Want to know whether college is still worth it in 2018?
Here’s a crazy fact: If you add up all of the student loan debt in the US, it reaches over $1.4 trillion dollars. It’s hard to visualize just how much a trillion dollars is.
But here’s an idea:
A trillion dollars laid out next to each other would reach the sun. Likewise, a trillion dollars is nearly the amount of money currently in circulation in the entire country.
Currently, the average college student graduates with $31,000. Paying off the burden of student loans can take decades, depending on what field you work in post-college and how much total debt you take on. For one thing, graduate, law, and medical degrees rack up significantly more tuition than a 4-year undergraduate degree.
If you add up the costs, is college really worth the debt today? Let’s weigh in.
College is Expensive
While the costs for tuition and books have steadily increased over the last 30 years, so has the value of a college degree.
Well, the average starting salary for a college grad has never been higher. According to Time, the average pay for new college graduates is right around $50,000.
(Want to find out how much the Class of 2018 is really earning? Click here to find out.)
So this means that yes, we’re paying more to attend college. But we’re also getting more opportunity from it than our parents or the generations before us.
A recent study conducted by Georgetown University found that people who graduate from college earn around $17,000 more per year than high school graduates. That adds up to a million more over your lifetime. Considering we need between $1 million to $1.5 million saved up to retire, attending college can help secure your future.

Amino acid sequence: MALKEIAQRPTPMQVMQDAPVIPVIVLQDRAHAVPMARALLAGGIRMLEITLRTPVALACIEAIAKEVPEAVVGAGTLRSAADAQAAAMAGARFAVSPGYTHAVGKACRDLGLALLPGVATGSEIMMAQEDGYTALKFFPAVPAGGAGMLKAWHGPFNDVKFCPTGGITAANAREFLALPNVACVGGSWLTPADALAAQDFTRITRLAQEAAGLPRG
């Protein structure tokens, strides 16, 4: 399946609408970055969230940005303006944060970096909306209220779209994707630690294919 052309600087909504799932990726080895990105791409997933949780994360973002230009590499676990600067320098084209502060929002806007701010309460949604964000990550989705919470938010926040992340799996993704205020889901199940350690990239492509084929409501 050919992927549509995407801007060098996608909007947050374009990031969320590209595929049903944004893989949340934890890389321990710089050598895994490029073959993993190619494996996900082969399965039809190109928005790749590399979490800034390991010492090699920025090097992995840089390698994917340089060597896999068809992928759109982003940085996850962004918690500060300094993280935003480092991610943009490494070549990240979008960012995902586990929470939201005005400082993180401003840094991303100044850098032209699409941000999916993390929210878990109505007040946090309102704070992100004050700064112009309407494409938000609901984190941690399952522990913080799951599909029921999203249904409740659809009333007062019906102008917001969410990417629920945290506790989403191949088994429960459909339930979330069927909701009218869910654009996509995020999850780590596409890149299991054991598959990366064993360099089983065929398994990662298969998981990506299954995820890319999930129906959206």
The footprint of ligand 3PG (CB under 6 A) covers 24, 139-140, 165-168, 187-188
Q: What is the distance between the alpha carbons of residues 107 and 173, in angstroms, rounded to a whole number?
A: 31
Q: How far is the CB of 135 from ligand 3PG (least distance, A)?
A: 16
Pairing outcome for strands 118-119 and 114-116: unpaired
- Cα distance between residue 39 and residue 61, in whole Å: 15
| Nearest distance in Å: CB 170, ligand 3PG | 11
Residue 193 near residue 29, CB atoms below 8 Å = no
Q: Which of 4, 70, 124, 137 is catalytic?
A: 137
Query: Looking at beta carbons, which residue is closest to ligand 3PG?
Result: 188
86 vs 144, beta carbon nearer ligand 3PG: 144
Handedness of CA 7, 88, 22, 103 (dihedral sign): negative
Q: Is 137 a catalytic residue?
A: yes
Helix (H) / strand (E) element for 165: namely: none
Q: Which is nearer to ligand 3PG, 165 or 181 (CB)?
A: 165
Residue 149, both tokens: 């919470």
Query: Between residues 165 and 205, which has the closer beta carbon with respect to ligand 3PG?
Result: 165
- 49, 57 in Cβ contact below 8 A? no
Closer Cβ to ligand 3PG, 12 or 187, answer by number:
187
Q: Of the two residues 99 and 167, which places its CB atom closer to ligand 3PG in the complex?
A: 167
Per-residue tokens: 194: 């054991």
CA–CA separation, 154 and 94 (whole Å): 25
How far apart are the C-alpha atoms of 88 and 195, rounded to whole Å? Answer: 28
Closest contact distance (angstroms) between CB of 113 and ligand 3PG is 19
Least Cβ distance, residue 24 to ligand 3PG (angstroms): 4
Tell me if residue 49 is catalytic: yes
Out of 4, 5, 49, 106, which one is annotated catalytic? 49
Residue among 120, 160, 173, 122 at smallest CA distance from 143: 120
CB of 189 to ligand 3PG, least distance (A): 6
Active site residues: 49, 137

This graph from the Bureau of Labor Statistics compares the average weekly pay and unemployment rates based on your level of education.
College is a Gamble
We already know that some college degrees will pay off faster than others. The average salary in technology, medicine, or science is going to much higher than a starting salary in arts or humanities.
That doesn’t mean we shouldn’t pursue arts if that’s our passion. But should we go the route of student loans in that case?
It’s a gamble.
If you decide to pursue one of these routes–like sociology, arts, psychology, or political science–consider how much you’ll realistically earn in 5-10 years before you take out student loans. In this case, it’s probably wiser to seek financial aid in the form of scholarships. The debt isn’t worth it.
Not All Debt is Bad
Having a little bit of debt can actually be beneficial.
After all, taking out student loans, car payments, or credit cards is how you start to build your credit history.
If you’ve never borrowed money, you don’t have any credit. This makes it harder to take out a loan for large purchases in the future–like when you’re ready to buy a house
When you make on-time payments on your debt, you’re demonstrating you can borrow money responsibly and pay it off. I saw this happen first hand when I paid off my first car and my credit score jumped up to excellent!
I still have a significant amount left on my student loans, but my credit has never looked better.
However, I wish I had known exactly what I was getting myself into when I borrowed money in college. Nobody really explained student loans to me, they just let me rack up debt with no questions asked. The Graduate Survival Guide: 5 Mistakes You Can’t Afford To Make In College is a fantastic resource for high school seniors or any students who want to understand their financial decisions better.
Is college worth it today? That is ultimately your call to make, but I think it’s absolutely worth every penny. If I could do it all over again, I’d still go back to college.
What do you think? Let us know in the comments below.